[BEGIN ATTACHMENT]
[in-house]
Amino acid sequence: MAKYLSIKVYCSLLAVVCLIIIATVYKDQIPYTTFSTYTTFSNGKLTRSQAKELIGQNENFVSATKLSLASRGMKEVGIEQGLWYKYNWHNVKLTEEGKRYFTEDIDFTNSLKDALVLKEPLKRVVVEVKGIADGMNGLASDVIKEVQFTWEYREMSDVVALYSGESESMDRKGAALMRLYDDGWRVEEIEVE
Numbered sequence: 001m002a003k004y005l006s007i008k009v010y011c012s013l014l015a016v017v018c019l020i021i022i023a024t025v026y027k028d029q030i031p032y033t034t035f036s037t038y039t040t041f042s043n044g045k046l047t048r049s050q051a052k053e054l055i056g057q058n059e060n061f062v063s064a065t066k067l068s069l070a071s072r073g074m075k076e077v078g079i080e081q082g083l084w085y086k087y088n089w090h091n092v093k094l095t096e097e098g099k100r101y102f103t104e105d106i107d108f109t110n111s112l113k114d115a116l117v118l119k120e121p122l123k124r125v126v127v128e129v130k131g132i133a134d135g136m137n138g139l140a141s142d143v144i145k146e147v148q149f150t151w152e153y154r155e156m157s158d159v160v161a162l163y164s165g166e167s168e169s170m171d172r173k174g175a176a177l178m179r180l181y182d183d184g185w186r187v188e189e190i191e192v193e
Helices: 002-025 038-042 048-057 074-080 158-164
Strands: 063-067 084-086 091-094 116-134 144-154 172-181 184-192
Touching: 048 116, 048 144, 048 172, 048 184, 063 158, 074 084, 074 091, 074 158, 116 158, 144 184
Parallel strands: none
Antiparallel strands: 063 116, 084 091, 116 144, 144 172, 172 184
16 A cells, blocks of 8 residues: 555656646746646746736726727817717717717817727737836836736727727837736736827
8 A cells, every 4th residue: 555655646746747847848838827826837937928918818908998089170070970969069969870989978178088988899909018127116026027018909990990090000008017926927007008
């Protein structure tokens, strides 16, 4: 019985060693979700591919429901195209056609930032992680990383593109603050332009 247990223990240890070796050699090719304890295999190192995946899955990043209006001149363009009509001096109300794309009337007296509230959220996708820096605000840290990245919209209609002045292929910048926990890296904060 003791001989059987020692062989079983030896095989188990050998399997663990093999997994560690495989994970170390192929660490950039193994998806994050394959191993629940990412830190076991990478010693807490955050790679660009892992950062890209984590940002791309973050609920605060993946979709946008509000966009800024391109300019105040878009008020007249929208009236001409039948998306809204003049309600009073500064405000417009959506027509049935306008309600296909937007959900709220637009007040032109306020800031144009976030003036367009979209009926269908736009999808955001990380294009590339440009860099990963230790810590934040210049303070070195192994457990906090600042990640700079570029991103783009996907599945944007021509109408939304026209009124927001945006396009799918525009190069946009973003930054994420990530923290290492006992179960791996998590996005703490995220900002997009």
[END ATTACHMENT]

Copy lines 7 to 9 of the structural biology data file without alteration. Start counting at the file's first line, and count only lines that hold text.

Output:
Parallel strands: none
Antiparallel strands: 063 116, 084 091, 116 144, 144 172, 172 184
16 A cells, blocks of 8 residues: 555656646746646746736726727817717717717817727737836836736727727837736736827